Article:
After watching this second video, I muted and replayed it as we discussed some of the terms and math statistics from it. Some of these had been shared by students in the TodaysMeet backchannel.

After that discussion, I explained to the students that they were going to use data from the 2014 winter olympics medal counts to create a pie graph today. I love how simply Googling “2014 winter olympics medal count” produced an interactive table of statistics we could use for this project. Students explored and learned they could click on individual countries and events to get more details. We discussed how some countries with higher total medal counts were ranked lower than others who had a larger number of gold medals.

2014 winter olympics medal count - Googl by Wesley Fryer, on Flickr
Creative Commons Attribution 2.0 Generic License  by  Wesley Fryer 

I shared the link to that Google Search with students using a QR Code. I used the free iPhone app (on my iPad) QR Code Beamer to create the QR Code “on the fly.” I used the same app to next have students link to the free NCES “Create a Graph” website. It does not require Flash so it works great on the iPads using the Safari web browser.

Create A Graph by Wesley Fryer, on Flickr
Creative Commons Attribution 2.0 Generic License  by  Wesley Fryer 

I showed students how to create a simple pie graph using a title and “3 slices” or data points, for the gold, silver and bronze medals a particular country earned in this year’s winter olympics. I reminded students how they could take a screenshot of their iPad screen, when they were zoomed into the “preview” of their graph, and then crop that picture in the Photos app before posting it to their classroom KidBlog site. Here is a screenshot of one of the students’ posts, which includes their labeled pie graph and question, along with classmates’ answers.

USA Winter Olympics Medal Count | 2014Br by Wesley Fryer, on Flickr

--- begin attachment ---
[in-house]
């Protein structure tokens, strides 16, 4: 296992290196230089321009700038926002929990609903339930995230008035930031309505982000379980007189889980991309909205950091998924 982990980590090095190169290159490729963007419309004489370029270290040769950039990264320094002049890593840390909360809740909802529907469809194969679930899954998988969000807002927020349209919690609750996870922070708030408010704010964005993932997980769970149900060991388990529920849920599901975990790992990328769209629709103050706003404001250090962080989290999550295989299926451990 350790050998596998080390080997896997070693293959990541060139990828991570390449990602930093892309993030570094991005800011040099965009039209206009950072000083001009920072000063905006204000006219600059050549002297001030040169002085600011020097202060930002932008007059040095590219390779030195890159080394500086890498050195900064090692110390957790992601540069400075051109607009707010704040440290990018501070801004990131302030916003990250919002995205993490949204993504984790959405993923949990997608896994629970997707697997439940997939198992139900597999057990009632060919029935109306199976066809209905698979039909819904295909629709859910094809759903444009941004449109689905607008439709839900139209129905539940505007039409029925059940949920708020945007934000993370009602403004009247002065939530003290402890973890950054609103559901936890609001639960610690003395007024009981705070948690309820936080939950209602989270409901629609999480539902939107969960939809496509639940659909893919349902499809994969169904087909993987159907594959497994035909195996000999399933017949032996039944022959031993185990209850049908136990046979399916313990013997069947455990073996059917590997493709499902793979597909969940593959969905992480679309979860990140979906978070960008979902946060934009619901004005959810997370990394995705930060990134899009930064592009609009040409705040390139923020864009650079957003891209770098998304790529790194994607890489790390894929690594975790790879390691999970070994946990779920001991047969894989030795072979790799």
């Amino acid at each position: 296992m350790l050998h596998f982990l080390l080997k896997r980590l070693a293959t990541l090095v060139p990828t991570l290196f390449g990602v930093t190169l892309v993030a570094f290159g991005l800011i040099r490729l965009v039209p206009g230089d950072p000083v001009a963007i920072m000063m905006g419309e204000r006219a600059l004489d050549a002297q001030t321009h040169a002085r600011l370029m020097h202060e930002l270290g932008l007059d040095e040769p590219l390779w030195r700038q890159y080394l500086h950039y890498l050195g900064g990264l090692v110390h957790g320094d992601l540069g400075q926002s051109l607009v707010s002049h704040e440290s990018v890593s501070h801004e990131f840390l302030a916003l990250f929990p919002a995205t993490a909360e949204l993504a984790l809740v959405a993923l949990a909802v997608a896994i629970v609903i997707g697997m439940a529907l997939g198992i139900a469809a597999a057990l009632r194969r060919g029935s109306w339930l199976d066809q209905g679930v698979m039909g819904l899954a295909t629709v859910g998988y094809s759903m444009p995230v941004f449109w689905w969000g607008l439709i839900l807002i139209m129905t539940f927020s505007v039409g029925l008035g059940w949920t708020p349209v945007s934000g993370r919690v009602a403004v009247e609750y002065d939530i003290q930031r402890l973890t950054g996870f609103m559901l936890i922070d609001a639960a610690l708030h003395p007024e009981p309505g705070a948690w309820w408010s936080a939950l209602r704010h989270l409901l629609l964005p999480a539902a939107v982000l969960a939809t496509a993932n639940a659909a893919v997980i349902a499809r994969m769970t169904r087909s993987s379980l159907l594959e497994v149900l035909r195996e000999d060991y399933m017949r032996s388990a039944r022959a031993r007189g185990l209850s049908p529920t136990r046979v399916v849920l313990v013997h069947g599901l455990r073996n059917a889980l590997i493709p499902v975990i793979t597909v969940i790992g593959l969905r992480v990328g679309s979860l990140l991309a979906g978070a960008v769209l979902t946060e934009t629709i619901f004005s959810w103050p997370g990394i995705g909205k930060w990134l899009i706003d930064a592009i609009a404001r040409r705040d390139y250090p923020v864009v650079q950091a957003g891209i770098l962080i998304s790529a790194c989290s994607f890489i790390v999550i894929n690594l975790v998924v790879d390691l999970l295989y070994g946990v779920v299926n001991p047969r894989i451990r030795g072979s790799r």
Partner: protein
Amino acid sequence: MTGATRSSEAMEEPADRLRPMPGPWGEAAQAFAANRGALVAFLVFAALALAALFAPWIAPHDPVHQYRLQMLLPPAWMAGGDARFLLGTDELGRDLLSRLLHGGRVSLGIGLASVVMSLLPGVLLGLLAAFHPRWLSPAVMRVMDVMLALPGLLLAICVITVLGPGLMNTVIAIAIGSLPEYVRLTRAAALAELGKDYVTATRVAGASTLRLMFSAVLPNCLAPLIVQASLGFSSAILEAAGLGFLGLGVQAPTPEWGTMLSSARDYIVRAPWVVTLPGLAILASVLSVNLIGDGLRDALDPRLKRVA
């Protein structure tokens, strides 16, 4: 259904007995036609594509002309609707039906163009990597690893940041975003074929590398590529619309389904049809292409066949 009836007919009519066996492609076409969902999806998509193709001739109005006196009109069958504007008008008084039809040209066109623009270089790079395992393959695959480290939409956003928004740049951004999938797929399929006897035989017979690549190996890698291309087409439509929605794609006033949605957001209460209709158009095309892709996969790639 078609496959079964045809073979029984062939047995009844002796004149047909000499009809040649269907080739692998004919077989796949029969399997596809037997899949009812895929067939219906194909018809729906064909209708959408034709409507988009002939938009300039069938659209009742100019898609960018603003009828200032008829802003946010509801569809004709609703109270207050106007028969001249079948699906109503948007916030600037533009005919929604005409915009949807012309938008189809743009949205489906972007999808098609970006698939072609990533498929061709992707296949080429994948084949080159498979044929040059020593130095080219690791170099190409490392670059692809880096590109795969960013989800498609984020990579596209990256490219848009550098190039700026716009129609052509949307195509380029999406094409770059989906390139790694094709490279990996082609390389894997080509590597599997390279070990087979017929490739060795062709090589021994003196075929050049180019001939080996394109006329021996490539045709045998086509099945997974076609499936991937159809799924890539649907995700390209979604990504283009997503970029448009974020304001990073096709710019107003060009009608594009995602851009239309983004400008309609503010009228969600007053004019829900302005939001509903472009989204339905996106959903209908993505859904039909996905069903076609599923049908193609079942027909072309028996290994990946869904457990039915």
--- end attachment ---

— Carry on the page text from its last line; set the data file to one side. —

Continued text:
Creative Commons Attribution 2.0 Generic License  by  Wesley Fryer 

During the lesson when I shared QR codes with students, they scanned them using the free i-Nigma QR code scanner app. It’s the fastest QR code scanner I’ve used and seen for the iPad.

I’ve always liked math assignments where students are required to come up with questions about a particular topic or skill. This assignment did not lead to lots of deep and complex thinking about pie graphs, but all the students in each class were able to successfully create and post a pie graph using their iPads and most of them also answered some of the questions their classmates had posted. As a “teacher” and administrator of their classroom KidBlog websites, I was able to moderate both student posts and comments in class so they could see and respond to each others’ ideas. I felt it was a successful lesson overall.

I did not tell students the direct link to the TodaysMeet backchannel we used during the lesson, but instead had them connect to it using a QR Code. At the end of the day when some students had finished their work and had a little free time with their iPads, some of them did return to the TodaysMeet and chat some mildly inappropriate things to each other. This was easy to identify and address because of the laughter, as I circulated around the room, and also led (as before) to some important and needed conversations on responsibility and accountability for online behavior.

This was the first time these fifth graders had ever used iPads during their “regular” math class, and the first time they’d used a backchannel of any kind in school. They’d used iPads and posted to KidBlog with me in STEM class the previous semester, but a lot of what we did technologically was new. As the novelty of using a backchannel would wear off, if this was something they did on a regular basis, I think the amount of off-task and inappropriate use of the backchannel would also subside. All of these dynamics reinforce how important it is to regularly check-in with students during a lesson to confirm they are on-task and making good decisions with their technology tools. It also demonstrated the benefit of having a backchannel space which expired in 1 day.

I feel thankful and blessed to have the opportunity to teach with an iPad cart both in my classroom and in the classroom where I substituted on Monday. Hopefully in the not-too-distant future, all our students will have iPads or laptops which they can use to regularly engage in “interactive writing” like we did together for these integrated math lessons.

Interactive Writing by Wesley Fryer, on Flickr
Creative Commons Attribution 2.0 Generic License  by  Wesley Fryer 

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One response to “Backchannel with 5th Graders & Pie Chart Questions on the Winter Olympics”

  1. […] the blog “Backchannel with 5th Graders & Pie Chart Questions on the Winter Olympics”, Wesley Fryer says that after years of teaching, he has “learned to expect some students to […]